Belfast Telegraph

UK Website Of The Year

Home News UK

Stop using dangerous faulty tumble dryer models now, fire chiefs warn

Published 06/10/2016

The fire at Bush Court, Shepherd's Bush, took 120 firefighters to bring under control (Liam Twomey/PA)
The fire at Bush Court, Shepherd's Bush, took 120 firefighters to bring under control (Liam Twomey/PA)

Home-owners with faulty Whirlpool tumble dryers must stop using them immediately after one of the machines was found to be the cause of a huge tower block blaze, fire chiefs have said.

London Fire Brigade renewed its campaign to make white goods safer following a "painstaking" investigation into the blaze in an 18-storey building in Shepherd's Bush in August, which took 120 firefighters to bring under control.

The brigade said it believed a faulty Indesit tumble dryer was the cause, adding that parent company Whirlpool should change its advice to customers so that any dryers waiting to be modified are not used.

A reported 5.3 million dryers made by Whirlpool brands Hotpoint, Indesit and Creda between April 2004 and September 2015 are subject to a safety notice about the fire risk, which is caused by excess fluff coming into contact with the heating element.

London Fire Brigade's director of operations, Dave Brown, said: "This fire has highlighted just how dangerous faulty white goods can be. Disappointingly though, Whirlpool have still not changed their advice to consumers.

"Following the conclusion of our investigation, we are now appealing once again for them to change their advice and bring it into line with our own. Thankfully there were no serious injuries in the Shepherd's Bush fire but we may not be so lucky if it happens again.

"It was vital that we conducted such a robust and systematic investigation to get a clear picture of what happened. Following an exhaustive examination of the scene and the remains of the appliance by our specialist fire investigators, we remain satisfied the cause was the faulty dryer."

Alex Neill, of consumer group Which?, said: " London Fire Brigade's investigation into the Shepherd's Bush fire highlights the urgent need for the Government to review the Whirlpool case and set out how it is going to improve safety for affected customers."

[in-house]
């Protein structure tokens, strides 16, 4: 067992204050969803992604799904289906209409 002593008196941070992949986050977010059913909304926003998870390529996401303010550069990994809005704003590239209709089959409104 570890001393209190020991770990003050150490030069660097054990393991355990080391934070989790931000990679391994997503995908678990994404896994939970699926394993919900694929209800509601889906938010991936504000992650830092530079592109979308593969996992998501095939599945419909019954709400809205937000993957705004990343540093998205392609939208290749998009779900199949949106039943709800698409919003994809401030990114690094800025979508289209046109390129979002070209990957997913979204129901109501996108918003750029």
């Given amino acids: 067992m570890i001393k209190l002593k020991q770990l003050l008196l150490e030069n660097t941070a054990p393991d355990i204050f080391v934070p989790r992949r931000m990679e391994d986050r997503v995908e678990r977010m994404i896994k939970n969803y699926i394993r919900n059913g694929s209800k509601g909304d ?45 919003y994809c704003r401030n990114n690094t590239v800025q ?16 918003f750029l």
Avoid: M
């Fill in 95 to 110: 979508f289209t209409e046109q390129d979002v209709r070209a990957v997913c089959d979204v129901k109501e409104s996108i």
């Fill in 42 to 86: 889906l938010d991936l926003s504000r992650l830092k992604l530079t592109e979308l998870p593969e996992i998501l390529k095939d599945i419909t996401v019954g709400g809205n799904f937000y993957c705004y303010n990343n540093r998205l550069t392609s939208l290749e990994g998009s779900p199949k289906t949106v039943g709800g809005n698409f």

Consumer Minister Margot James said: "Customer safety must be the number one priority for manufacturers. I acknowledge that Whirlpool are making great efforts to modify and replace at-risk machines, but I believe additional action is required to reassure customers and the public. I will be writing to the company to set out my concerns and expectations.

"I am also creating a new Working Group on Product Recalls and Safety to look at what more can be done to improve the safety of white goods, including tumble dryers."

In a statement, Whirlpool repeated its previous advice to customers, advising them to check if their dryer is affected and register for a modification kit if necessary.

" The success of the programme depends on as many customers as possible registering with us for a modification. Therefore, we urge everyone who owns an Indesit, Hotpoint or Creda dryer manufactured between April 2004 and September 2015 to check if their dryer is affected and then register for a free modification if it is," it said.

It added: "Our thoughts are with all those affected by the incident in Shepherd's Bush, London, in August 2016. While we understand that London Fire Brigade has concluded its investigation into the incident, Whirlpool's independent forensic investigations are still ongoing and, in the circumstances, it would be inappropriate to comment further.

"The safety of consumers is our number one priority and we are committed to doing everything we can to ensure that the tumble dryer modification programme is carried out in a safe and timely manner. We continue to co-operate fully with the relevant regulatory authority as progress of the campaign is regularly monitored and reviewed."

The company said customers could check their dryer by using the model checker on two bespoke websites - and - or via a free helpline on 0800 151 0905 for the UK or 1800 804320 for Ireland.

Read More

From Belfast Telegraph